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Is the Torres Strait a smuggler’s highway?

By Aaron Smith

TORRES Strait may be a smugglers’ route for drugs, ammunition and other contraband entering and exiting the country, a recent multi-agency investigation has found.

Acting Officer-in-Charge of Thursday Island Police Station A/Sgt James O’Keeffe said: “I can advise that recent multi-agency operation Oscar Stave has been conducted, targeting trans-national crime entities from both PNG and Australia, on a local level that has resulted in:

• 36 offenders on 130 charges, including

25 importing dangerous drugs (predominately cannabis),

• 15 drug trafficking,

• 31 supplying dangerous drugs,

• seven money-laundering offences, and

• two exporting explosives in relation to the illegal selling of ammunition to PNG nationals.

“A number of these offenders have been PNG nationals who have served or are serving terms of imprisonment prior to their deportation back to PNG.”

A/Sgt O’Keeff e said: “ICE is one of the most-insidious and potent drugs currently within our Australian communities and, unfortunately, the Torres Strait is not immune to the problem.
“While it is believed that the use of ICE is not widespread within the Torres Strait, the importation of precursor chemicals
(chemicals which are used to manufacture methylamphetamine type substances including ICE) from PNG to mainland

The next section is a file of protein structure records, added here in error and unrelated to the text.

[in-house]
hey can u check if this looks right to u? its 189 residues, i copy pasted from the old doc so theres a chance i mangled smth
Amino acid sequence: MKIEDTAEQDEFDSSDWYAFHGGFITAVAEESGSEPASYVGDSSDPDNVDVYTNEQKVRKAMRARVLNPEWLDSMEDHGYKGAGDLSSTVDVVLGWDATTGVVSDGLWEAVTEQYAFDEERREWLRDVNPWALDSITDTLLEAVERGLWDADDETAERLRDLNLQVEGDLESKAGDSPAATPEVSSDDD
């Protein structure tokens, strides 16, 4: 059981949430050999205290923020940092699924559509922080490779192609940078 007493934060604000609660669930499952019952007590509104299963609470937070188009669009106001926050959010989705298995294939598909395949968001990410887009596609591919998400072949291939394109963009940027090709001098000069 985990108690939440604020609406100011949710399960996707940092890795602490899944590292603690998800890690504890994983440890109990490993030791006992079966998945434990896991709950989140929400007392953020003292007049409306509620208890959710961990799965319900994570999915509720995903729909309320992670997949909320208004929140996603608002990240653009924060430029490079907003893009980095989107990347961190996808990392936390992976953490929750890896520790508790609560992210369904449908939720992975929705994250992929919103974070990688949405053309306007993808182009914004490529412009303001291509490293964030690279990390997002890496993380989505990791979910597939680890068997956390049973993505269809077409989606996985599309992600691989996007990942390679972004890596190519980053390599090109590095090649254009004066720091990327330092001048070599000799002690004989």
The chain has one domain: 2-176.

Australia is an issue.
“Trans-national crime groups within PNG and Australia have previously attempted to import these chemicals through the
Torres Strait and, unfortunately, local Torres Strait islanders have been used by these people to facilitate the movement of the precursor chemicals.
“As a result, a number of Torres Strait islander locals being located in possession of precursors
and imprisoned for these offences through joint agency operations conducted by AFP, QPS and ABF in 2015 called operation North Caspian.
“The chemicals are known locally as ‘water’ and ‘liquid’.”
A/Sgt O’Keeffe said police would not have been able to effectively detect and seize these precursor chemicals without  the invaluable assistance from concerned members of the public.
“Precursor chemicals are volatile and just as dangerous as the end product.
“When persons attempt to manufacture the drugs, sometimes using rudimentary equipment, the process gives off dangerous
and noxious gases which have in certain cases in Australia and overseas resulting in death.
“The gases are known to stay in the area of manufacture for extended periods of time, effectively exposing all persons in area for lengthy periods after the manufacturing process has occurred.
“We must remember it is not only the police but everyone’s responsibility to try and keep this terrible drug out of our Torres Strait community,” A/Sgt Keeffe said.
However A/Sgt O’Keeffe said: “In relation to ICE possession charges within the Torres Strait I can advise you that it is minimal.”

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